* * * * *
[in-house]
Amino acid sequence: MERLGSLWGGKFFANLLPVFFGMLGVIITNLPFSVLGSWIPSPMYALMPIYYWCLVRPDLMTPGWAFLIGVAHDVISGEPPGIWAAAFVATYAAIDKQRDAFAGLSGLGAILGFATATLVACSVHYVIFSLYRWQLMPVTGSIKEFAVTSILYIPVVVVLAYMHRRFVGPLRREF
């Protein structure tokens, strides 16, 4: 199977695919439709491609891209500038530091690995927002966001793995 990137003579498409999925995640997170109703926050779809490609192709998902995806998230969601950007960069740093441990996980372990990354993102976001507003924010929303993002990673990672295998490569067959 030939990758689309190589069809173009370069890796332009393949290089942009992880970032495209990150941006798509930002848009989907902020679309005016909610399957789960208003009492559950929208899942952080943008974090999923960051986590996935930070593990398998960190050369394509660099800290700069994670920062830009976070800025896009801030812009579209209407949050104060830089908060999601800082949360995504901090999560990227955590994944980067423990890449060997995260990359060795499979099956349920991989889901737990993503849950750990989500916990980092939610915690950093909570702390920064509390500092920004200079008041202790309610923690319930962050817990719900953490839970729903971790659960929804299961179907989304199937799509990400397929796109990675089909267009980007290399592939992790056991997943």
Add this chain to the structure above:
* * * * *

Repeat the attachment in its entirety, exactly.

[in-house]
Amino acid sequence: MERLGSLWGGKFFANLLPVFFGMLGVIITNLPFSVLGSWIPSPMYALMPIYYWCLVRPDLMTPGWAFLIGVAHDVISGEPPGIWAAAFVATYAAIDKQRDAFAGLSGLGAILGFATATLVACSVHYVIFSLYRWQLMPVTGSIKEFAVTSILYIPVVVVLAYMHRRFVGPLRREF
């Protein structure tokens, strides 16, 4: 199977695919439709491609891209500038530091690995927002966001793995 990137003579498409999925995640997170109703926050779809490609192709998902995806998230969601950007960069740093441990996980372990990354993102976001507003924010929303993002990673990672295998490569067959 030939990758689309190589069809173009370069890796332009393949290089942009992880970032495209990150941006798509930002848009989907902020679309005016909610399957789960208003009492559950929208899942952080943008974090999923960051986590996935930070593990398998960190050369394509660099800290700069994670920062830009976070800025896009801030812009579209209407949050104060830089908060999601800082949360995504901090999560990227955590994944980067423990890449060997995260990359060795499979099956349920991989889901737990993503849950750990989500916990980092939610915690950093909570702390920064509390500092920004200079008041202790309610923690319930962050817990719900953490839970729903971790659960929804299961179907989304199937799509990400397929796109990675089909267009980007290399592939992790056991997943």
Add this chain to the structure above: